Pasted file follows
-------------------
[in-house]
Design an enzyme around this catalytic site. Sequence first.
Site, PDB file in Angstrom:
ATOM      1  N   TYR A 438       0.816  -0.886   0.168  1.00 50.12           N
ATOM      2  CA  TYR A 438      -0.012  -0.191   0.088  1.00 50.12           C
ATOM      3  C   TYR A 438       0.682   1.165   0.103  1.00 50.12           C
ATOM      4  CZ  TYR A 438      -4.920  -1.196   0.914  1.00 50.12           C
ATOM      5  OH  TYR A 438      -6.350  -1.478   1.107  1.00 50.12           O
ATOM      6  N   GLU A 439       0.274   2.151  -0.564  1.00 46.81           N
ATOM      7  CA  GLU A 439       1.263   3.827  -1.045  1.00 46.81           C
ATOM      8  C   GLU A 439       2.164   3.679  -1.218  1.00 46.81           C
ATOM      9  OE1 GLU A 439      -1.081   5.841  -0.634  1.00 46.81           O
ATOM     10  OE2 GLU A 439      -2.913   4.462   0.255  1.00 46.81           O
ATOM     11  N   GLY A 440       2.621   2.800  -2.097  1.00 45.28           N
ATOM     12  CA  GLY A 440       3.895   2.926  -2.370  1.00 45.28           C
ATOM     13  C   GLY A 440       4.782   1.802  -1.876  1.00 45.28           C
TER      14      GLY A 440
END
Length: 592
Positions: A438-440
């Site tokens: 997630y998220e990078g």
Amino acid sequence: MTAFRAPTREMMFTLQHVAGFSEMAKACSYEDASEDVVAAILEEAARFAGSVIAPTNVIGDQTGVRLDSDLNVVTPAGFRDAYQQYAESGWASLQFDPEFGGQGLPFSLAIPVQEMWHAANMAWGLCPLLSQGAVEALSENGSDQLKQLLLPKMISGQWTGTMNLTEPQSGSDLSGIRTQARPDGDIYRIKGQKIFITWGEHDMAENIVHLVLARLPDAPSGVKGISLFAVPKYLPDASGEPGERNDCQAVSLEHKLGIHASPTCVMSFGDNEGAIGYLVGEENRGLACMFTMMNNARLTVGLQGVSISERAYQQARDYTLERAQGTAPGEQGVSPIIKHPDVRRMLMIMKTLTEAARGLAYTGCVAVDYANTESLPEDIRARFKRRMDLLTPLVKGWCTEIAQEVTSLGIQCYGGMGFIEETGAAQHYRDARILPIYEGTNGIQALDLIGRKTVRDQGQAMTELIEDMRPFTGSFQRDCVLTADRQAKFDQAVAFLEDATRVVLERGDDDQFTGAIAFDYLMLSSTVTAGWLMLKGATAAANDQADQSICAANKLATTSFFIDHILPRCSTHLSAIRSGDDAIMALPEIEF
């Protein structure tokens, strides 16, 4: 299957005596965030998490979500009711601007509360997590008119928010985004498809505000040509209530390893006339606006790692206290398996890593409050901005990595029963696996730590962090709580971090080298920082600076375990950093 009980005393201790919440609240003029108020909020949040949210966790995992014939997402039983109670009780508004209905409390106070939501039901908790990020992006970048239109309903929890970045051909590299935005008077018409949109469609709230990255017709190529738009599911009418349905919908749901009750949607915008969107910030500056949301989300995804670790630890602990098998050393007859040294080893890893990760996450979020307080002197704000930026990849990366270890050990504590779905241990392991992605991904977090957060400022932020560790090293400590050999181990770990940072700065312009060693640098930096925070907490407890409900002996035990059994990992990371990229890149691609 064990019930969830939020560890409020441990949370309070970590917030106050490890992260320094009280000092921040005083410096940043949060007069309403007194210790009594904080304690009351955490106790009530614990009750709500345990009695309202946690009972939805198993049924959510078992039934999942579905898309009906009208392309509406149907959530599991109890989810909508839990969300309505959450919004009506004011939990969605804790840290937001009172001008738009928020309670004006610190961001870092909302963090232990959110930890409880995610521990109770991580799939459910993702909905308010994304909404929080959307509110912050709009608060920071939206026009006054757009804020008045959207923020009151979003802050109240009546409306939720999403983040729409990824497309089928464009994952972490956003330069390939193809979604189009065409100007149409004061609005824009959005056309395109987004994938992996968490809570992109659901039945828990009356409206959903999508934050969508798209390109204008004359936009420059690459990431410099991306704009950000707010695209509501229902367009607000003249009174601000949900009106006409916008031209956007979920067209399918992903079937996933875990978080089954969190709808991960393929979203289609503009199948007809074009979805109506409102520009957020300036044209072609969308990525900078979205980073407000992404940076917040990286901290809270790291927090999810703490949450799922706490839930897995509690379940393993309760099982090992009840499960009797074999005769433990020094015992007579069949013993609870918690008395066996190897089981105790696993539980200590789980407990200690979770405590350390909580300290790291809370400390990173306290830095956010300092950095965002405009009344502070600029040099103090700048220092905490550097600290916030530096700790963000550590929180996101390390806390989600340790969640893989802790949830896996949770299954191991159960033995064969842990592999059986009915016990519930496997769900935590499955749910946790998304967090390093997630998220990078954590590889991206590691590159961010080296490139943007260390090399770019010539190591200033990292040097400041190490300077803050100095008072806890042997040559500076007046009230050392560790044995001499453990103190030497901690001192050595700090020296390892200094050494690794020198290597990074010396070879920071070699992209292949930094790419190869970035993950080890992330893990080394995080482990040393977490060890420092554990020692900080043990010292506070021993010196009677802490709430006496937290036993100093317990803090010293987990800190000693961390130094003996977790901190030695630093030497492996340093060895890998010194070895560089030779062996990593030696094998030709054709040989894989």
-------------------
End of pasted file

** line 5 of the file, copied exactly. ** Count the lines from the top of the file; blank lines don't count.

ATOM      2  CA  TYR A 438      -0.012  -0.191   0.088  1.00 50.12           C